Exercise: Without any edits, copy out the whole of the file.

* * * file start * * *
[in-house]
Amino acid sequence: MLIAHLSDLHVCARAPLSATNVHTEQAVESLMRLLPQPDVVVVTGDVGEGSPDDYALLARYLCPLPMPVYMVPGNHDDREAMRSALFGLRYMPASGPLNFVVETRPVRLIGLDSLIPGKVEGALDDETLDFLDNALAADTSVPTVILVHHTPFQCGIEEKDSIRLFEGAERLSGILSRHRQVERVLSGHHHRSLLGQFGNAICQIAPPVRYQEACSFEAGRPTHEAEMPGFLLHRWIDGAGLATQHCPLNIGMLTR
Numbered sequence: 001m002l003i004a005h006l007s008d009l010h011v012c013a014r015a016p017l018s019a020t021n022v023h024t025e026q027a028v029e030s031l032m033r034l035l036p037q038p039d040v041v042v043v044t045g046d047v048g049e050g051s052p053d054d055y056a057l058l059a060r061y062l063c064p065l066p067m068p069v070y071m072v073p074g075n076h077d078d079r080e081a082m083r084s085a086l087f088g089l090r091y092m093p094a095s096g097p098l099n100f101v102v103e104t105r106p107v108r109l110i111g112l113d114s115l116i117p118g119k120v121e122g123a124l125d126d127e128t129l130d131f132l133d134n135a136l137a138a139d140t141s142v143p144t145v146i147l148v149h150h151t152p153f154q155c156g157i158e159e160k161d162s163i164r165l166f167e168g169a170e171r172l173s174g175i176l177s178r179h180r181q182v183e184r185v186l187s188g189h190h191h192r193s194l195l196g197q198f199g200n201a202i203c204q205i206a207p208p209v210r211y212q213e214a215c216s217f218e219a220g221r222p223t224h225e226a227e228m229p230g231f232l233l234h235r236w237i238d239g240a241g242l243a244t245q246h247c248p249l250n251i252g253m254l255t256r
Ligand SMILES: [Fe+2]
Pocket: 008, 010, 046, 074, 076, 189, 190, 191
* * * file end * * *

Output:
[in-house]
Amino acid sequence: MLIAHLSDLHVCARAPLSATNVHTEQAVESLMRLLPQPDVVVVTGDVGEGSPDDYALLARYLCPLPMPVYMVPGNHDDREAMRSALFGLRYMPASGPLNFVVETRPVRLIGLDSLIPGKVEGALDDETLDFLDNALAADTSVPTVILVHHTPFQCGIEEKDSIRLFEGAERLSGILSRHRQVERVLSGHHHRSLLGQFGNAICQIAPPVRYQEACSFEAGRPTHEAEMPGFLLHRWIDGAGLATQHCPLNIGMLTR
Numbered sequence: 001m002l003i004a005h006l007s008d009l010h011v012c013a014r015a016p017l018s019a020t021n022v023h024t025e026q027a028v029e030s031l032m033r034l035l036p037q038p039d040v041v042v043v044t045g046d047v048g049e050g051s052p053d054d055y056a057l058l059a060r061y062l063c064p065l066p067m068p069v070y071m072v073p074g075n076h077d078d079r080e081a082m083r084s085a086l087f088g089l090r091y092m093p094a095s096g097p098l099n100f101v102v103e104t105r106p107v108r109l110i111g112l113d114s115l116i117p118g119k120v121e122g123a124l125d126d127e128t129l130d131f132l133d134n135a136l137a138a139d140t141s142v143p144t145v146i147l148v149h150h151t152p153f154q155c156g157i158e159e160k161d162s163i164r165l166f167e168g169a170e171r172l173s174g175i176l177s178r179h180r181q182v183e184r185v186l187s188g189h190h191h192r193s194l195l196g197q198f199g200n201a202i203c204q205i206a207p208p209v210r211y212q213e214a215c216s217f218e219a220g221r222p223t224h225e226a227e228m229p230g231f232l233l234h235r236w237i238d239g240a241g242l243a244t245q246h247c248p249l250n251i252g253m254l255t256r
Ligand SMILES: [Fe+2]
Pocket: 008, 010, 046, 074, 076, 189, 190, 191